Citing his Christian beliefs, and the worry that a pedophile-rights group might one day want to fly a flag of their own, Nova Scotia’s Bill Mills, the mayor of Truro, refused to fly a rainbow flag at city hall during pride week in 2007. His latest foray shutting out the gays? Closing off vehicle access to certain area of of Victoria Park — which local gays, and Mills, know to be a cruising hot spot. The Dutch city Slotervaart, southwest of Amsterdam, faced the same issue and opted to post signs in De Oeverlanden Park warning visitors of gay cruising areas so man- and dog-lovers could avoid one another. Two reasonable different solutions to the same problem of people having sex in public areas ostensibly nearby families and children. But should Truro tolerate public sex (as some horny man-lovers in the area prefer) or zone it out of existence? And is wanting rid an area of illegal public sex in and of itself homophobic?
You may imagine gay cruising areas as seedy spaces filled with closeted, sex-addicted men grabbing their crotches and blowing each other in the nearest bush or bathroom stall. Will your five-minute lover be a meth-head, your married boss, a cop, or a gay-basher? You don’t know! But they’re not always so fraught with horrors. Some of these spots are just meeting places for gay men to consensually get their rocks off, not much worse than the backrooms of bars you may attend (sometimes without knowing it, as we had the unfortunate experience of realizing once).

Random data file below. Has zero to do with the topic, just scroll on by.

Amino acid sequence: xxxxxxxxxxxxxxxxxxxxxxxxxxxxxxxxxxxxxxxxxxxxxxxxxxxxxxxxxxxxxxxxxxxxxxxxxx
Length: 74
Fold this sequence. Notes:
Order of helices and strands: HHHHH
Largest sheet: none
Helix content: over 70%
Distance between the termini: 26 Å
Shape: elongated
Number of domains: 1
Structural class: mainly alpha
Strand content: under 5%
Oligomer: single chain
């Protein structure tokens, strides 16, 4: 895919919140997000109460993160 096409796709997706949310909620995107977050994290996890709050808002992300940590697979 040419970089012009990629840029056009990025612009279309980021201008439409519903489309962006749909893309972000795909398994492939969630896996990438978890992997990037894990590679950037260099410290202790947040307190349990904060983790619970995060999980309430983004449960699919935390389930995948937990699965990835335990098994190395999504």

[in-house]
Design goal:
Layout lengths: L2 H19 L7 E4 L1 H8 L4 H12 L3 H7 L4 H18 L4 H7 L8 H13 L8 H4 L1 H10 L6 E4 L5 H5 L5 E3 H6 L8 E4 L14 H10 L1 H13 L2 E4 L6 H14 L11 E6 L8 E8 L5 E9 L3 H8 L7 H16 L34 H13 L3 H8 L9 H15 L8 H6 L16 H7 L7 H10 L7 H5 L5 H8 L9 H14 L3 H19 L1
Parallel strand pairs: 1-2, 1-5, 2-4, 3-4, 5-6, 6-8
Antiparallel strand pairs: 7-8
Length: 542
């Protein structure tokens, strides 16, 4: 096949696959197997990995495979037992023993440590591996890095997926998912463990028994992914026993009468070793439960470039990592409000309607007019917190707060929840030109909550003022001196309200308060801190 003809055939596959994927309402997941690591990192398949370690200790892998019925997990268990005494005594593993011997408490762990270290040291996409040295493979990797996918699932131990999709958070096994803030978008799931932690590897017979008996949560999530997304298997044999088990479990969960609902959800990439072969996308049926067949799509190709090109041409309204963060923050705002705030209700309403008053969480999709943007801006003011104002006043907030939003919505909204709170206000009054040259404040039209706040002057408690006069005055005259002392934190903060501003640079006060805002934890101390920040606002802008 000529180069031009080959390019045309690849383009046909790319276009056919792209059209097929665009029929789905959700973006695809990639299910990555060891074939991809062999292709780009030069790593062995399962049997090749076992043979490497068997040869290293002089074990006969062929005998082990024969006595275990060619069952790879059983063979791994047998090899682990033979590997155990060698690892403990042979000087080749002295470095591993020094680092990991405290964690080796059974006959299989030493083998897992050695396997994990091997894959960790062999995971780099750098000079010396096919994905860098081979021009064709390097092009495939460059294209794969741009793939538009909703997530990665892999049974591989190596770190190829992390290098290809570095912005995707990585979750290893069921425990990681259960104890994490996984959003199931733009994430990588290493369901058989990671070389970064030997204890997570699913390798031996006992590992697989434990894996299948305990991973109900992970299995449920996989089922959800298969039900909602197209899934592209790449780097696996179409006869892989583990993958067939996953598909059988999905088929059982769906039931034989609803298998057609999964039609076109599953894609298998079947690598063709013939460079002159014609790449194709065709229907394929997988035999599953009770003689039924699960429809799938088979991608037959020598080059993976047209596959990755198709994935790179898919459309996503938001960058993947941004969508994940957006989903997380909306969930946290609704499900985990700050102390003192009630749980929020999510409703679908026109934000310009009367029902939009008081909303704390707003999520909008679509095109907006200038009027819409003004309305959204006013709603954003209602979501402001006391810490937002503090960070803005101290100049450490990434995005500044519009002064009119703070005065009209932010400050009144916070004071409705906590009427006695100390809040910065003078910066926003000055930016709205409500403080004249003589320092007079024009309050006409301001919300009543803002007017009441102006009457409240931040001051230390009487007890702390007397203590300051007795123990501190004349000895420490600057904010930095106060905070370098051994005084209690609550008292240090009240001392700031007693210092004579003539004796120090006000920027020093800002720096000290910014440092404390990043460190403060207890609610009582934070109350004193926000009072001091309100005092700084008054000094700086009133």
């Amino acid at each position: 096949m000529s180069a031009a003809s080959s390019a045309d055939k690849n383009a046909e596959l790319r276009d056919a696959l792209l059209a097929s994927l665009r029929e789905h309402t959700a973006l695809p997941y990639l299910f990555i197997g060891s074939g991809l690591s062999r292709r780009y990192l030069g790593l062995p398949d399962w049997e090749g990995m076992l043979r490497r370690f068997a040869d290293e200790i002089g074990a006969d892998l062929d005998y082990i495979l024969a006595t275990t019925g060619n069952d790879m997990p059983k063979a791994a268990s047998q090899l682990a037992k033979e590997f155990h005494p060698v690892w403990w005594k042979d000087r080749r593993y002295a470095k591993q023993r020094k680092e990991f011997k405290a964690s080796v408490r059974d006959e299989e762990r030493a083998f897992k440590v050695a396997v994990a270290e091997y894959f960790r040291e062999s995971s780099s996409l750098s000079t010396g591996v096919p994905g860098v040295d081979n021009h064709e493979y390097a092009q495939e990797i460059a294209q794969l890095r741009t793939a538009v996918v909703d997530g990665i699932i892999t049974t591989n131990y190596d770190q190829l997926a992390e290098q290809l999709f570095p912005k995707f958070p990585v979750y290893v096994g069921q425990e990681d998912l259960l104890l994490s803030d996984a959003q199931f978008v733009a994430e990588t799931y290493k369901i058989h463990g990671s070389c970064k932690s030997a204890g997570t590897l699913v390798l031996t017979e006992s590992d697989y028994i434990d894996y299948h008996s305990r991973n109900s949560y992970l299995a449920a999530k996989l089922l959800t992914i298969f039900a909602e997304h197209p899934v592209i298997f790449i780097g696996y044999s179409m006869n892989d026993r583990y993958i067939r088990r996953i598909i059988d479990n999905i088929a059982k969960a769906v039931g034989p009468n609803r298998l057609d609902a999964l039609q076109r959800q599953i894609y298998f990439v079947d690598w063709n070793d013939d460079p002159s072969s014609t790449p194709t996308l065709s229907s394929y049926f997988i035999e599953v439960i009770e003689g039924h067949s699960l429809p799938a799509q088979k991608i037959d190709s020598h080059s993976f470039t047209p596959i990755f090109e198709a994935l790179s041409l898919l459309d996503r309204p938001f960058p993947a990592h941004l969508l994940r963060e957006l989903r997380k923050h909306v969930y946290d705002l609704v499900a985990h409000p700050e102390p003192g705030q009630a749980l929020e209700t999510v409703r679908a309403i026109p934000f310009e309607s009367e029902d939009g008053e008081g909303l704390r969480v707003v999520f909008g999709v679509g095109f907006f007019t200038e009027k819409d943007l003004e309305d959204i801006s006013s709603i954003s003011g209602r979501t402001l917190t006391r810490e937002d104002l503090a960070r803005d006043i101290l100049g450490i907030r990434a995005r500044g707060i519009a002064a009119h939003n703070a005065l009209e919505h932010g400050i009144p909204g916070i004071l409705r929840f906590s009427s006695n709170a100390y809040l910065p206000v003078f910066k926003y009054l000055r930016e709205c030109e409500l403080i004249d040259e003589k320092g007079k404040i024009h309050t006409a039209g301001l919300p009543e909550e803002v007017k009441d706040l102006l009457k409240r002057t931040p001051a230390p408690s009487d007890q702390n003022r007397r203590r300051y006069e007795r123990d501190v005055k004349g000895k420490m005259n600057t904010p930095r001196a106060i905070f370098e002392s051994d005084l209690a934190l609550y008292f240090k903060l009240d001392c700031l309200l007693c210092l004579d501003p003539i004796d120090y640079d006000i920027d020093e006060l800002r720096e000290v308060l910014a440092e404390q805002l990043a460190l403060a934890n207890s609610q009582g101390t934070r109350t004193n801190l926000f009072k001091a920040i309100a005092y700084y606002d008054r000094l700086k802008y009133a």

But while it makes better sense to fight for gay cruising areas in areas without other meet-n-greet options, upholding them as “a gay right” is untenable. Nevermind that park cruising, despite being one of George Michael’s pastimes, exists in an era pre-Manhunt and Grindr. It’s also illegal. And should be. No one wants to sit in spunk or accidentally pick up a Santorum-covered condom. And parents should not have to worry about their children, toddlers or teens, being exposed to public sex, homo or otherwise.